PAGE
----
Beer Batter

March 28 marks opening day for Major League Baseball (our minor league team Jumbo Shrimp’s first game this year is on April 4). It may be the earliest opening day in history, but fans can be assured of two things: All 30 teams will play that day, and beer will flow big-time at all the ballparks.

Beer and baseball go together like a horse and carriage. The beverage is so entrenched in the game that its absence would be conspicuous. But the love affair between beer and baseball was not always so fervent. In the beginning, when the National League launched in 1876, its organizers didn’t want beer in its ballparks. It took the American Association’s entry to get beer in the game.

In 1882, the AA realized that baseball should appeal to blue-collar workers as well as their upper-crust clientele. To draw more working-class spectators, the AA lowered ticket prices, scheduled games on Sundays and began to include alcohol among its refreshments roster. This approach appealed to brewing companies’ marketing gurus so much that many of the teams received corporate sponsorship. Alas, the AA couldn’t sustain its operations and folded after the 1891 season. Its players were absorbed by the NL, as was the lucrative policy of selling beer.

One of the earliest instances of a team embracing beer in the ballpark is the case of the St. Louis Brown Stockings. The team, later to be known as the Cardinals, was owned by Christian Friedrich Wilhelm von der Ahe, a saloon owner who noticed that business in his bar increased on game days. With this information, Von der Ahe surmised that spectators would likely enjoy a few brews during the game, so he installed a beer garden at the team’s home field, Sportsman’s Park. It was a hit.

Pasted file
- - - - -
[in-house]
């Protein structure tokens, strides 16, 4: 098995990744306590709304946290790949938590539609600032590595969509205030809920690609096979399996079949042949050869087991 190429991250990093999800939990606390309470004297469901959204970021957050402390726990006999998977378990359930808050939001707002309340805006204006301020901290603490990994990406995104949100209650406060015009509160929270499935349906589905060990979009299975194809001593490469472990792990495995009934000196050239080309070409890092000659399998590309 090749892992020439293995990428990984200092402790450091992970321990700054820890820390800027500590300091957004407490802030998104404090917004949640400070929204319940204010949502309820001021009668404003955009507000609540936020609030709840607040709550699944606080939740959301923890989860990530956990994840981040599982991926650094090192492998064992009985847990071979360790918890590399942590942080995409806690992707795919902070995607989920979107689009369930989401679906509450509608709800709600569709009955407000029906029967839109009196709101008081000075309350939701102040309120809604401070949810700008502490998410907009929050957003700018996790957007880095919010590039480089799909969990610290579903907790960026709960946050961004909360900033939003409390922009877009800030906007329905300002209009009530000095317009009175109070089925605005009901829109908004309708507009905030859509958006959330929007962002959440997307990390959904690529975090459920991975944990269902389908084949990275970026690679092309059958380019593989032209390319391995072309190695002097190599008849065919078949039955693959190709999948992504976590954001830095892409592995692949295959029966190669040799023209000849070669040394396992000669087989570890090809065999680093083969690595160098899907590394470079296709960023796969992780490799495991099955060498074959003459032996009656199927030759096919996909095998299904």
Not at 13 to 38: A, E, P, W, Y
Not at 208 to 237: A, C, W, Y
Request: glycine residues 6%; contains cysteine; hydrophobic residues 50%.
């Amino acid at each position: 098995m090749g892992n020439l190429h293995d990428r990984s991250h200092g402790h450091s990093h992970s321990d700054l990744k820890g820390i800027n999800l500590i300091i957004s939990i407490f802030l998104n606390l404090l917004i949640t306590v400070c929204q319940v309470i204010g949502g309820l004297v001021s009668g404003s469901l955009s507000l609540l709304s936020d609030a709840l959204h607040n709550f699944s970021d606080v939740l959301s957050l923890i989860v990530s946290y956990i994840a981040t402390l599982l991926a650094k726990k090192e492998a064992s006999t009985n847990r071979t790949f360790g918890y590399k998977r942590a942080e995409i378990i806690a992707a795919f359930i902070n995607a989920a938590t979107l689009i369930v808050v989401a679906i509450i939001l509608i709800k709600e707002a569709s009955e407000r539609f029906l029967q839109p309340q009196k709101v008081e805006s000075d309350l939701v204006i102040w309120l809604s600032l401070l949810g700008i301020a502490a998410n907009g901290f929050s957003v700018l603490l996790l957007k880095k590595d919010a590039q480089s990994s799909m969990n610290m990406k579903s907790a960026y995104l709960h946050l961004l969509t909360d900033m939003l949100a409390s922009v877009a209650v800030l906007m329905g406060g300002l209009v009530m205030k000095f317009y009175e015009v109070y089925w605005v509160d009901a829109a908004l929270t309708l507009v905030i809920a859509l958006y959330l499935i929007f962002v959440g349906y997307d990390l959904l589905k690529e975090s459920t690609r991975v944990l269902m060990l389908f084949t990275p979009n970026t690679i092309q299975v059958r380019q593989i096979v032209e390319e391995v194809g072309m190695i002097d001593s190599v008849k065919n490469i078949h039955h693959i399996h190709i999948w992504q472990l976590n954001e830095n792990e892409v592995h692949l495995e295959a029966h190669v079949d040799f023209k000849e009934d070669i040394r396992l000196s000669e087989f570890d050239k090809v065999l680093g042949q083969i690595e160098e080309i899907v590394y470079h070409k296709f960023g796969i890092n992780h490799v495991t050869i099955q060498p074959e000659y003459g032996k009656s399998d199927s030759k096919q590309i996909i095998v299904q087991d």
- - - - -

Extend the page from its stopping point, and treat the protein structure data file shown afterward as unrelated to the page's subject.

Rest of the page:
Over the years, beer has become inextricably associated with ‘America’s National Pastime,’ as the sport has been labelled. Breweries took notice of its popularity and began to coordinate marketing campaigns. In 1941, Falstaff began sponsoring Dizzy Dean’s radio broadcast of Browns games and, 30 years later, sponsored Harry Caray. “Holy cow!”

Brewers began positioning themselves with local baseball teams and formed relationships to be the official beers of teams and stadiums. In New York, the Yankees became associated with Ballantine and the Mets sidled up to Rheingold. Beer was so popular in baseball that Milwaukee, a bastion of German beer production, named its team the Brewers. The big beer producers became almost synonymous with baseball. They advertised in stadiums, sponsored broadcasts—both radio and TV—and named their own stadiums.

Today, with the craft-beer revolution going full bore, ballpark managements are adding locally brewed beers to their refreshment lineup. Jacksonville’s minor league team, the Jumbo Shrimp, serves several local brews by Intuition Ale Works, Bold City Brewery and more, as well as several national craft beers.

The experience of sitting in the stands and watching the heroes of the diamond gracefully make plays would just not feel complete without a hot dog in one hand and a cold beer in the other. It may be the most perfect—and quintessentially American—way to spend a balmy summer evening.